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A mummy

Come. You are not where you are meant to be. I shall take you to the place your poor, imprisoned soul can finally find peace. And perhaps redemption for the crimes you have committed in undeath.
~ Anubis to an unnamed mummy.

A mummy is a deceased animal or human whose skin and organs have been preserved by either intentional or accidental exposure to chemicals, extreme cold, very low humidity, or lack of air.


Mummies of humans and other animals have been found on every continent, both as a result of natural preservation through unusual condition, and as cultural artifacts.

Perhaps the most renown mummies of the world of those of the Ancient Egyptians, who mummified their God King Pharaohs inside massive tombs that would come to be known as the Great Pyramids of Egypt. These great tombs would become a testament to the enduring power of human ingenuity, and would horde the great treasures and riches of the deceased pharaohs, which many would attempt to steal for centuries to come, to varying success.

Powers and Abilities

Mummies have in modern times become associated with legends of them returning to life as the Egyptian equivalent of the Draugr. These resurrected mummies will generally seek revenge against those who have disturbed their resting place or who have stolen from the treasures of Ancient Egypt.


Once resurrected, these mummies will consume the fluids and vital organs of the living in order to regenerate their decomposed bodies and return to their living and fully empowered form; leaving the victim a desiccated skeletal husk. Said victims are often unfortunate mortals who unwittingly opened the book or read aloud the scripture capable of resurrecting the mummy in the first place.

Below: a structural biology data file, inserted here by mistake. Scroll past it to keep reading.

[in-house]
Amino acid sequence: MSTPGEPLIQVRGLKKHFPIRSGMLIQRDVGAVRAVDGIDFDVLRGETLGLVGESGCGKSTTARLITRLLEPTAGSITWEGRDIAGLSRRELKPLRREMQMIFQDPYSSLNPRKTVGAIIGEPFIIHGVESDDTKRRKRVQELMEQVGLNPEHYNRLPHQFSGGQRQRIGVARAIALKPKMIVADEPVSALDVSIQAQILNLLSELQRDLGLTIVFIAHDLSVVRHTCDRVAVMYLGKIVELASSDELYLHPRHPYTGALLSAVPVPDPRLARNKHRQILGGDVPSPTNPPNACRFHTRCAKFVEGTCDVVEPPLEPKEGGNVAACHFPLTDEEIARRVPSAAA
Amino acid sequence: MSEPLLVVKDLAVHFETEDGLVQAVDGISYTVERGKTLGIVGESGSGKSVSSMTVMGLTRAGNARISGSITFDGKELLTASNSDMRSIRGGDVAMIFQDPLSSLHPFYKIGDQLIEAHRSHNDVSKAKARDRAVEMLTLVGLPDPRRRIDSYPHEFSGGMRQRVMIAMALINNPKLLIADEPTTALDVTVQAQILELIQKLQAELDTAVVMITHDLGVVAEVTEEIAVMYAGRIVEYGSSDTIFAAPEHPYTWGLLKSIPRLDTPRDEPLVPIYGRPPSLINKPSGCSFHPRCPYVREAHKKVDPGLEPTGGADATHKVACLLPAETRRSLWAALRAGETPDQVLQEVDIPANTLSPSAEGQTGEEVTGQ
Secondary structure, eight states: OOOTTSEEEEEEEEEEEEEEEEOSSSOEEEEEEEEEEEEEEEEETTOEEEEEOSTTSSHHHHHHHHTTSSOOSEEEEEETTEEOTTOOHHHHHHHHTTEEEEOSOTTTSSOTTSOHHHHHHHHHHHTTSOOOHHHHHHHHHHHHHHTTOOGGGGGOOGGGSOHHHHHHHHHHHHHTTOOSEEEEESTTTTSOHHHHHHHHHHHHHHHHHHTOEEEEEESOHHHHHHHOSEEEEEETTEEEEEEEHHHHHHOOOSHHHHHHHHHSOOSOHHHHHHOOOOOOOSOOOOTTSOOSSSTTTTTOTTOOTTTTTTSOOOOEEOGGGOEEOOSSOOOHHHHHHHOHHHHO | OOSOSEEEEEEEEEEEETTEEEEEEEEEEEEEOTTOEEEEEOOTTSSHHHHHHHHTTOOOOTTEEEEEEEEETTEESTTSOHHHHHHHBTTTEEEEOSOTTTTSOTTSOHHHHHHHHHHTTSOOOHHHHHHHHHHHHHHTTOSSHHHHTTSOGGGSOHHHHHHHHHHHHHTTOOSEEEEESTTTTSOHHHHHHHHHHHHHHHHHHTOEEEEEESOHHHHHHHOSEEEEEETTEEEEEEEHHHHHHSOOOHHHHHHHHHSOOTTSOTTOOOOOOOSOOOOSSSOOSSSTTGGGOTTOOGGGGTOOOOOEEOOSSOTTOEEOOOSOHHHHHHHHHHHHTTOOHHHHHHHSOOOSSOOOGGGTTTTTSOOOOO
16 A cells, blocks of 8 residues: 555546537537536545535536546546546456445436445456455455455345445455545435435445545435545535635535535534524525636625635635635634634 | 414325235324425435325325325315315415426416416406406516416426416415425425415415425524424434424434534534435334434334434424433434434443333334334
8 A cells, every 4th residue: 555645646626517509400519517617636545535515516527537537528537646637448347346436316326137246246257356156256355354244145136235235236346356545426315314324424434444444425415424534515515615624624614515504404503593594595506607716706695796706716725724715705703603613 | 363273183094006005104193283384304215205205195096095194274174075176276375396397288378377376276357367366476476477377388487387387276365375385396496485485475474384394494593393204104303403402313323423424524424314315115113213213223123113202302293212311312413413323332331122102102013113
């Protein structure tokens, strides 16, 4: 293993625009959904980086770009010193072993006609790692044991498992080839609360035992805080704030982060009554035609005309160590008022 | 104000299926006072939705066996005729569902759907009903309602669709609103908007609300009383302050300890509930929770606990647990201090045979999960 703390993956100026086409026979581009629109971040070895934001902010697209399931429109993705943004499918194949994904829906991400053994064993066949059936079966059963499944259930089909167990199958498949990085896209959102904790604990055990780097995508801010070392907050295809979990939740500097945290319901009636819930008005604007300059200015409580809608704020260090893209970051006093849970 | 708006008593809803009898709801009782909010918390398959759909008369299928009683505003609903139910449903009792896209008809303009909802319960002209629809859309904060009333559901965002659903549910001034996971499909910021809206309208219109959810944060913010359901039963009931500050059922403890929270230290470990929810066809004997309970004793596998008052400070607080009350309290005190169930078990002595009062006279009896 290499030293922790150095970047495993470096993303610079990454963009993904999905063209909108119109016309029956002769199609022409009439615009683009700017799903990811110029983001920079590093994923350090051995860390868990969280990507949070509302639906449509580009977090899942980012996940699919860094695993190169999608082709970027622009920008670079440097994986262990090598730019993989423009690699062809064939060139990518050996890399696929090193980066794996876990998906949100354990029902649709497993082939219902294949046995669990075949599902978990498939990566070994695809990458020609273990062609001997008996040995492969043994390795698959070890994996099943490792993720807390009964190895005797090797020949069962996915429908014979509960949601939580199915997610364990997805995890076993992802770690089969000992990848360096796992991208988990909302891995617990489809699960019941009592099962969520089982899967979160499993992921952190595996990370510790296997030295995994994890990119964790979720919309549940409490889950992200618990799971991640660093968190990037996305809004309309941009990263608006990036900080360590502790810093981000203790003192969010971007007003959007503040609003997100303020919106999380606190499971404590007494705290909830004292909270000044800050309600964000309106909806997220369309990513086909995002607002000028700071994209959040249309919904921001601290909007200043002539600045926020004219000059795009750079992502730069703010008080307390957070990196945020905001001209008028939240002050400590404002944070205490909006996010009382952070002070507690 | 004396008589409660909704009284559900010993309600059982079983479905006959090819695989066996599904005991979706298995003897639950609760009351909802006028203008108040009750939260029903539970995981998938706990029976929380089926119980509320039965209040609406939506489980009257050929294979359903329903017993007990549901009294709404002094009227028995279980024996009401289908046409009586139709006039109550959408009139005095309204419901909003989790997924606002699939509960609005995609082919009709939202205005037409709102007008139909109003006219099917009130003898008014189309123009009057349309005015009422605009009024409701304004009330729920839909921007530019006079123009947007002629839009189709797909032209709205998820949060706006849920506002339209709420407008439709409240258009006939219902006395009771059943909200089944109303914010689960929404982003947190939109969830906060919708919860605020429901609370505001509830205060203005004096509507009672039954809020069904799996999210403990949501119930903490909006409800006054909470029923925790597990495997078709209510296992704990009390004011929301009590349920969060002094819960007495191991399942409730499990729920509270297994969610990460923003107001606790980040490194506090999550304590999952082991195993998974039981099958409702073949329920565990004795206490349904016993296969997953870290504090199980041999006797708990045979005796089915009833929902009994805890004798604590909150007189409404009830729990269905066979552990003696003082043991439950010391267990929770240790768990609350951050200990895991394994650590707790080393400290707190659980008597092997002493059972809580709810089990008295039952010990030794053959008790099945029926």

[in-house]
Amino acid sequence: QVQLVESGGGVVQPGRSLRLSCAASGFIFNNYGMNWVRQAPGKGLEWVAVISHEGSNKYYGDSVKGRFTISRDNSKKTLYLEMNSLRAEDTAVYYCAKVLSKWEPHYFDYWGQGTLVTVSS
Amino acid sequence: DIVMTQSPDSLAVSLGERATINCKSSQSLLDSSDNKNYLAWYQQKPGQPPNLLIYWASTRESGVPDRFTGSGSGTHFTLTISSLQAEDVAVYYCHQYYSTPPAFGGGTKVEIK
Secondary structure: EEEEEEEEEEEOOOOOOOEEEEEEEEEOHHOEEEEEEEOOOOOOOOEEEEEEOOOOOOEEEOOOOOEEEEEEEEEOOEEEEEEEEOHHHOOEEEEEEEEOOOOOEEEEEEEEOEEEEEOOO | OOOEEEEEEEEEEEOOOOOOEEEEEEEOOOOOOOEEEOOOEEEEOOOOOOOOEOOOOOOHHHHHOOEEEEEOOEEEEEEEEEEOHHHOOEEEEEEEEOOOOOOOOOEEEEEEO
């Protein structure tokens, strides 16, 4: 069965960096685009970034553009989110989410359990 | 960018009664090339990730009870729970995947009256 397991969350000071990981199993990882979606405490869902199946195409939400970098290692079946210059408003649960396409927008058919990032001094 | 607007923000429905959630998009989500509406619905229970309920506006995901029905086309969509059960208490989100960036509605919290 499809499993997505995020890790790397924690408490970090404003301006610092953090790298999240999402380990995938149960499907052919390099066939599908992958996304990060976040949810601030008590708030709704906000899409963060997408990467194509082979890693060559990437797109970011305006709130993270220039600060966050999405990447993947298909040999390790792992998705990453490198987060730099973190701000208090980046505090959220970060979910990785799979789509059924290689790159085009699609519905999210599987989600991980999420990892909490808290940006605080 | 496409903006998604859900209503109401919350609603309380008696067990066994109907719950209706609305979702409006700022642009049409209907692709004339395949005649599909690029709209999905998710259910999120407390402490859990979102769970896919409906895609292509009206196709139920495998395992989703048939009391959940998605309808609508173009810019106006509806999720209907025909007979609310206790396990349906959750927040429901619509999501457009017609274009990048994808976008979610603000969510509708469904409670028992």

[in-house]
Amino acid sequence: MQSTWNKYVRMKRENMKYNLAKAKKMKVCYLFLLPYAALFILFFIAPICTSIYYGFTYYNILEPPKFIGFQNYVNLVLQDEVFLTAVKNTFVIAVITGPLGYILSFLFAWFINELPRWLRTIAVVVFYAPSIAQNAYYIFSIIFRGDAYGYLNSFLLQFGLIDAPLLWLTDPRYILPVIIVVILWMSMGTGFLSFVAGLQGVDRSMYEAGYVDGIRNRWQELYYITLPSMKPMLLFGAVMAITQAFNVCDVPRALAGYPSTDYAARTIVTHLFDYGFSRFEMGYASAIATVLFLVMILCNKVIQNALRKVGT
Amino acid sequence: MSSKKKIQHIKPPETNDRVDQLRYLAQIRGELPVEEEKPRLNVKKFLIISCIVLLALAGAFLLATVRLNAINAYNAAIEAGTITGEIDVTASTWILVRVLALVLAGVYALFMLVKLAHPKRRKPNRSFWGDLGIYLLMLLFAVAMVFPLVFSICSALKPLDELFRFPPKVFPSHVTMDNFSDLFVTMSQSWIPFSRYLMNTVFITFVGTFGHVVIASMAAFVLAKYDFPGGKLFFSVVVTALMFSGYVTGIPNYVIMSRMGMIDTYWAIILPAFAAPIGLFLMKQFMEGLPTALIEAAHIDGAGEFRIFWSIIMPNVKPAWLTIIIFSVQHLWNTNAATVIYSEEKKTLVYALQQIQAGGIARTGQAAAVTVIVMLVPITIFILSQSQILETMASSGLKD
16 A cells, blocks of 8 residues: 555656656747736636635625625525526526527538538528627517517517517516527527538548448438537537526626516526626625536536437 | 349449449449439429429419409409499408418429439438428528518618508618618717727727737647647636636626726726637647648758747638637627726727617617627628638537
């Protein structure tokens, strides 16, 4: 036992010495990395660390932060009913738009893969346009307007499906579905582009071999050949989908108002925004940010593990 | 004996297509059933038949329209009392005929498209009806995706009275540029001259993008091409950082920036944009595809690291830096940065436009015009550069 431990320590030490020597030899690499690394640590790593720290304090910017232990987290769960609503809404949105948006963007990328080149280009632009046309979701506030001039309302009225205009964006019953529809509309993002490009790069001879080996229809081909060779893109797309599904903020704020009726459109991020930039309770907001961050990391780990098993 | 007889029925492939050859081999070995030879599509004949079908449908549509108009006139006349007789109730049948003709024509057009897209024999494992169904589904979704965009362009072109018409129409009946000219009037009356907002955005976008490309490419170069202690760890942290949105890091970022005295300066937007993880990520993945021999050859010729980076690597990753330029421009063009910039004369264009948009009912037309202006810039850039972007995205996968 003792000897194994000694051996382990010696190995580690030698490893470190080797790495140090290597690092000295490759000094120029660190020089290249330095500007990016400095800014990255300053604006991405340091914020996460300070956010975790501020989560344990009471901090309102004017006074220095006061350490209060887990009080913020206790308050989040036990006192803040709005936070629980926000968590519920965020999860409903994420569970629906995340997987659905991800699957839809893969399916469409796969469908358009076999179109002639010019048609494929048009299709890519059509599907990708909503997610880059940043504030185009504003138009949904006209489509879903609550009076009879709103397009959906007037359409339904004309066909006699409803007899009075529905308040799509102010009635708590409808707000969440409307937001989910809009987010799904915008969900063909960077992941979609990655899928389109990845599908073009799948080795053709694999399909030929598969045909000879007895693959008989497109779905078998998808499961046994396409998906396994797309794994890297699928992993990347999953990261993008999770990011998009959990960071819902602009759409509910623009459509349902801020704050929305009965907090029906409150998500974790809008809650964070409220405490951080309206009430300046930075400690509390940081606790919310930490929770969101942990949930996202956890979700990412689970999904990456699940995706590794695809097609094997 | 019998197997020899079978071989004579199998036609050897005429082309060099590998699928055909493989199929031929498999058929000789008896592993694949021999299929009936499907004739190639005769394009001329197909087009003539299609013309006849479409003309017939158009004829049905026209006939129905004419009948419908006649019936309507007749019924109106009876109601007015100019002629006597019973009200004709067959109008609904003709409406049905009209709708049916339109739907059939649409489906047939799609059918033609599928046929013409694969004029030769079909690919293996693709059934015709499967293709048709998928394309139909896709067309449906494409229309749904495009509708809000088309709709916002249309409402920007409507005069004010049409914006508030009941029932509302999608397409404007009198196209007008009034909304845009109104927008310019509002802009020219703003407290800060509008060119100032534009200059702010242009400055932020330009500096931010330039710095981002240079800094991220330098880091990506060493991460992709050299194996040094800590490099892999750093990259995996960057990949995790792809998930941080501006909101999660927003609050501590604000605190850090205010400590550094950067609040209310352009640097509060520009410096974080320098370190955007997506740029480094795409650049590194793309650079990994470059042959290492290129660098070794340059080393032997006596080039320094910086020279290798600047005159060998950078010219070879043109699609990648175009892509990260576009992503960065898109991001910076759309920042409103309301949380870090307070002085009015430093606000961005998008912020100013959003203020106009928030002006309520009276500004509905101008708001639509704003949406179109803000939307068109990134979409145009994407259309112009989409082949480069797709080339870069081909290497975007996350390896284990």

Some mummies who have made a pact with the chaotic desert god Set were capable of producing great sandstorms that would move according to their will and destroy all in their wake, burying it beneath mounds of sand. This ability could also manifest in the form of massive sinkholes in the sand that would swallow up those wishing to trespass inside of a mummies treasure horde.


Some mummies, particularly those who in live had a pact with the mummification god Anubis, were capable of using a form of necromancy that allowed them to momentarily raise the dead. As pharaohs were often buried with a number of those who had served them in life, a resurrected pharaoh would raise these servants to fight for it and protect it from intruders.

Gift of Khepri

Some mummies also possess the ability to summon and command scarabs, a gift bestowed upon them by the beetle headed god of renewal Khepri, if they had served him well in life. Though not particularly deadly, a massive swarm of these beetles could easily intimidate and drive out any trespassers, especially those with a fear of insects.


Other mummies who are learned in the magical arts are capable of performing a sort of Sigil Magic through the usage of Hieroglyphics. These magic glyphs, when drawn in certain combinations, could produce magical effects that would strengthen the mummy and give it the ability to cast ancient and powerful spells.